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Trunk Restraint Therapy in Post-stroke Patients.

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ClinicalTrials.gov Identifier: NCT02364141
Recruitment Status : Completed
First Posted : February 16, 2015
Last Update Posted : February 16, 2015
Sponsor:
Information provided by (Responsible Party):
Roberta de Oliveira Cacho, University of Campinas, Brazil

Brief Summary:
The aim of this study was to evaluate the long-term effects of the task-specific training with trunk restraint comparing to the free one in post-stroke reaching movements. Twenty hemiparetic chronic stroke patients were selected and randomized into two training groups: Trunk restraint group - TRG (reaching training with trunk restraint) and Trunk free group - TFG (unrestraint reaching). Twenty sessions with forty-five minutes of training were accomplished. The subjects were evaluated in pre-treatment (PRE), post-treatment (POST) and three months after the completed training (RET). The measures administered were the Modified Ashworth Scale, Barthel Index, Fugl-Meyer Scale and kinematic analysis (movement trajectory, velocity, angles).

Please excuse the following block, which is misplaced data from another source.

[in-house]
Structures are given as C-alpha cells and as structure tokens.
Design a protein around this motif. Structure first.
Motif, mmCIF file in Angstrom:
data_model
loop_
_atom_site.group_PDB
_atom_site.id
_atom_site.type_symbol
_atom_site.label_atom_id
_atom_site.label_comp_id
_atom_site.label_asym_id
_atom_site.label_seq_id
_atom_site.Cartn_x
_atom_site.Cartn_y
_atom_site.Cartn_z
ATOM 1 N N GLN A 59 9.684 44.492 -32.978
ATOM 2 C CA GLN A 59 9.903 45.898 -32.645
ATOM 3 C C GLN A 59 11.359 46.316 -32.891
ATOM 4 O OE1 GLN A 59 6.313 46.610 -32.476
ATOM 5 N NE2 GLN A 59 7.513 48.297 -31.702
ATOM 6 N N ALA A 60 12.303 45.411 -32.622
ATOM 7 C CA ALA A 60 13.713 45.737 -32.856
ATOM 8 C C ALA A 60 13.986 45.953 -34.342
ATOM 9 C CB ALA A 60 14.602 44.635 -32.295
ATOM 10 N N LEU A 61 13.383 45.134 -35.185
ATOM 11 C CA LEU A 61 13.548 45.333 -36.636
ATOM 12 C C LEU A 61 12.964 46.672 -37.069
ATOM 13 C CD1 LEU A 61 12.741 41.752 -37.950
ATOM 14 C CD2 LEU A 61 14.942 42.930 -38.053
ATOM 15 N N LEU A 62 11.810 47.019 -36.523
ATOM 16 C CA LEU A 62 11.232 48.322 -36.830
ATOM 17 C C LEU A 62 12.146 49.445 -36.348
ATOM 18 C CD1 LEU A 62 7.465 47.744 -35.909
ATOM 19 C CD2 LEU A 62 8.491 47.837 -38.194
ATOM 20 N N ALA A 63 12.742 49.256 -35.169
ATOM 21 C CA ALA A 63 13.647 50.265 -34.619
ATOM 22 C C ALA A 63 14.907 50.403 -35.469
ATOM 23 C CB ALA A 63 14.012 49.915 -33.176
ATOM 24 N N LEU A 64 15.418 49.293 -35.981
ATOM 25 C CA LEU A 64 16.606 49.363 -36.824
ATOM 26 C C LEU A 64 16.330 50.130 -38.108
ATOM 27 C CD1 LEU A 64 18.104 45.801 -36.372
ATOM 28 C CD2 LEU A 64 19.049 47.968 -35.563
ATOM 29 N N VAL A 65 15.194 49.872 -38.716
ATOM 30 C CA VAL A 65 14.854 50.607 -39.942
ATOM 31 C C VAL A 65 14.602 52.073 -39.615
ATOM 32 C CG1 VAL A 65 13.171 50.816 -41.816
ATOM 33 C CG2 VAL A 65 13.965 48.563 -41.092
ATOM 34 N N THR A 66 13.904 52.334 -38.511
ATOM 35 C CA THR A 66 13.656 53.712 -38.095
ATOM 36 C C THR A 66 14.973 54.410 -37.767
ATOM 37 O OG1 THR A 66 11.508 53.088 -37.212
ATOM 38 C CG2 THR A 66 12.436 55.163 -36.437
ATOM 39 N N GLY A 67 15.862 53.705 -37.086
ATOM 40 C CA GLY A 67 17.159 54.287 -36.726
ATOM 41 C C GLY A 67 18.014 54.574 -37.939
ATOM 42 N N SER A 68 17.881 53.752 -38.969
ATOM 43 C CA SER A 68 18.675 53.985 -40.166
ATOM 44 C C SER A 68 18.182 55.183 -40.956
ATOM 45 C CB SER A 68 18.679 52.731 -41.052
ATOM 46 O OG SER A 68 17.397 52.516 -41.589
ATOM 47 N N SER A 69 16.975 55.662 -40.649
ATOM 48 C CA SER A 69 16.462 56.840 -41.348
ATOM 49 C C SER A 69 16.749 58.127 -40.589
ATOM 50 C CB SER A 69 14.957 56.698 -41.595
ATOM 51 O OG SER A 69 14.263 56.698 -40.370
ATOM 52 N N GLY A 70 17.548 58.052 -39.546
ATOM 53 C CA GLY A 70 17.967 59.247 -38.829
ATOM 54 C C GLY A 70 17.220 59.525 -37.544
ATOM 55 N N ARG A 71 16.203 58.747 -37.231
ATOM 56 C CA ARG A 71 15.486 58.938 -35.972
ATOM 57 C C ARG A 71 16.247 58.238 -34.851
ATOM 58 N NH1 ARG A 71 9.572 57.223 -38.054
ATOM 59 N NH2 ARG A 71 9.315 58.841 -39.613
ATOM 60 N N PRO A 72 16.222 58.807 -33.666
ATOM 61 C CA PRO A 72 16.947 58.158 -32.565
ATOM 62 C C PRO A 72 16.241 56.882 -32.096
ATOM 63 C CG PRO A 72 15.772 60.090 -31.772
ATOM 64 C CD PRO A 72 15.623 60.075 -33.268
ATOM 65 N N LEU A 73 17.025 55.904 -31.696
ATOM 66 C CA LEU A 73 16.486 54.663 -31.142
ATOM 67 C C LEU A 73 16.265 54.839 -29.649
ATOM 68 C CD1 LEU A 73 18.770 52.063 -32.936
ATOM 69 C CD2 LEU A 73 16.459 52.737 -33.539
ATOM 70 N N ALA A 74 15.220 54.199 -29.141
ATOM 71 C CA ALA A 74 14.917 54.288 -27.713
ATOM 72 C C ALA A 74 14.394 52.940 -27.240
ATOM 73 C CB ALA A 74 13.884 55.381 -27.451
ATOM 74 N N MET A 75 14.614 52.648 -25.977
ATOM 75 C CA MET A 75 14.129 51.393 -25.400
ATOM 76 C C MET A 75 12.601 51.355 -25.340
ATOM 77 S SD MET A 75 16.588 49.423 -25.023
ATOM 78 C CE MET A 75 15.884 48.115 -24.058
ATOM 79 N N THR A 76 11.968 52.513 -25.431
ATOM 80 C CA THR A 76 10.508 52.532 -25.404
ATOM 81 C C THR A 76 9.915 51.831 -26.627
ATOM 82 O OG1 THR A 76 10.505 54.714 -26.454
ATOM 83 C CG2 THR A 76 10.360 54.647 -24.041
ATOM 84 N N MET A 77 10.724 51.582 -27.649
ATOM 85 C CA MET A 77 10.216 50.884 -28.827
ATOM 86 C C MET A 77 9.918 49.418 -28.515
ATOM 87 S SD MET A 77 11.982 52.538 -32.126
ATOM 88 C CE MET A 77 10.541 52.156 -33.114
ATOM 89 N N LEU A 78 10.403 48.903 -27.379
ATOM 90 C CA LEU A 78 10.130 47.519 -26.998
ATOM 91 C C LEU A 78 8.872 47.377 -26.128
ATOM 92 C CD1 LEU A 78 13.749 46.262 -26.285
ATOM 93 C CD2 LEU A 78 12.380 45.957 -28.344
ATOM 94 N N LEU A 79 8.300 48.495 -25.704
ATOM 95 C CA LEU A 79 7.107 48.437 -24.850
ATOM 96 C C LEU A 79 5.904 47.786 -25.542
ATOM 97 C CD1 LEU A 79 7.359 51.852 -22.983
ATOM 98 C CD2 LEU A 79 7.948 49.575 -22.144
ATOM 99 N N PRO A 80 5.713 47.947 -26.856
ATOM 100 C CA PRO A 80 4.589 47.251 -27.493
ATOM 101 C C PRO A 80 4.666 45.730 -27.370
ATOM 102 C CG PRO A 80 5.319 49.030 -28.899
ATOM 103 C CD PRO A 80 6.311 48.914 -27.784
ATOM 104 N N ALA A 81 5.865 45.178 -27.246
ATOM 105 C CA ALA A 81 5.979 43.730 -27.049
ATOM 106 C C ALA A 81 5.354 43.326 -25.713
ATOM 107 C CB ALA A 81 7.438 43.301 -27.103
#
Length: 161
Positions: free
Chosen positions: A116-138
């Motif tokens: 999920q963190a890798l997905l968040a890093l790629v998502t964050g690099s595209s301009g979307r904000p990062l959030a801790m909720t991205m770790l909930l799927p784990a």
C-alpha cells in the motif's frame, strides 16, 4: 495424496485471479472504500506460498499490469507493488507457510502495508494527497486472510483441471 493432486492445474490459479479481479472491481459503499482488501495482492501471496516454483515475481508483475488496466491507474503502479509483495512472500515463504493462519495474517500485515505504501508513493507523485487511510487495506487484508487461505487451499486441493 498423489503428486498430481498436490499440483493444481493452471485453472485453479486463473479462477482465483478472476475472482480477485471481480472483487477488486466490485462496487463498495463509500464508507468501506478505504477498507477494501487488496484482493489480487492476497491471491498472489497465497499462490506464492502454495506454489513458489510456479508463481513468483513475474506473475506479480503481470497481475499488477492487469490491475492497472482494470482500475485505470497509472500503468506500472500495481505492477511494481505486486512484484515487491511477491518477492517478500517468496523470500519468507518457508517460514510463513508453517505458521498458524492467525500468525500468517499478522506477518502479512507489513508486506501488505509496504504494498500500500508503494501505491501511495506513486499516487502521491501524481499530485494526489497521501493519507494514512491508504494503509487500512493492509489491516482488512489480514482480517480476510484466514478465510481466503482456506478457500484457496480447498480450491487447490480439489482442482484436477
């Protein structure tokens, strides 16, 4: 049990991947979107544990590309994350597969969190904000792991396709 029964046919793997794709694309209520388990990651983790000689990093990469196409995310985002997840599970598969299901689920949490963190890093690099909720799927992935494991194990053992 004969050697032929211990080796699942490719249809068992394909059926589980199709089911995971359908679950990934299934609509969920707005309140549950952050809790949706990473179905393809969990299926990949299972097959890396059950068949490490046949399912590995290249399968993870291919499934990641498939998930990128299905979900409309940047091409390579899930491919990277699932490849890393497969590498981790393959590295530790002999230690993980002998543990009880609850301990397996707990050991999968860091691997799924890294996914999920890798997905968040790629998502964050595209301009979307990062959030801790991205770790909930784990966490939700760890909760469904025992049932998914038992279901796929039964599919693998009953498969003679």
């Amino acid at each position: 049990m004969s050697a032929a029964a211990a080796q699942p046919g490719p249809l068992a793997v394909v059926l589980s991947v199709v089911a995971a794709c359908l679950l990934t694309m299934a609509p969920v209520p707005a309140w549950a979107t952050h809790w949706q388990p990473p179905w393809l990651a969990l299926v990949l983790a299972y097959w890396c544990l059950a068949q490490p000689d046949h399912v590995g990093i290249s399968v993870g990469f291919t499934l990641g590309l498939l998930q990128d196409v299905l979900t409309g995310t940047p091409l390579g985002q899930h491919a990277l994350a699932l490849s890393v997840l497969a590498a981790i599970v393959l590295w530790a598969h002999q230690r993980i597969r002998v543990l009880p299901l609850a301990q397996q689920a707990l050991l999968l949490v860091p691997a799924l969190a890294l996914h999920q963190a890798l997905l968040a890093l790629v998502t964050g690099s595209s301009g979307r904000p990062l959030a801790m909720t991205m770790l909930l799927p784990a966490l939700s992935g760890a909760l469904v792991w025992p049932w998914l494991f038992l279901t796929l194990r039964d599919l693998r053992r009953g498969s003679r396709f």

Condition or disease Intervention/treatment Phase
Stroke Other: Trunk restraint therapy Other: Trunk unrestraint therapy Not Applicable

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Detailed Description:

Twenty stroke subjects were recruited from the Physiotherapy and Occupational Therapy Outpatient Unit of the University Hospital at Campinas - UNICAMP and all of them signed informed consent forms previously approved by the Research Ethics Committee of the University (#110/2004). Ten healthy subjects were also selected to obtain normal reference parameters of kinematic assessment. Patients had sustained a single and chronic (>6 months post-event) unilateral stroke of non-traumatic origin, with hemiparetic sequel in the upper limb, could understand simple instructions, perform community gait, and had a good sitting balance. Those with shoulder pain or other neurological and orthopedic conditions affecting the reaching movement ability or trunk, hemispatial neglect or apraxia were excluded. The patients who met the inclusion criteria were stratified to one of two groups. A sealed opaque envelope containing a single cheat of paper marked with numbers 1 (group 1) or 2 (group 2), was used to allocate the patient. This procedure was made by an external assessor. The patients were not informed about the different treatment groups and therefore, they were blind for the type of intervention applied.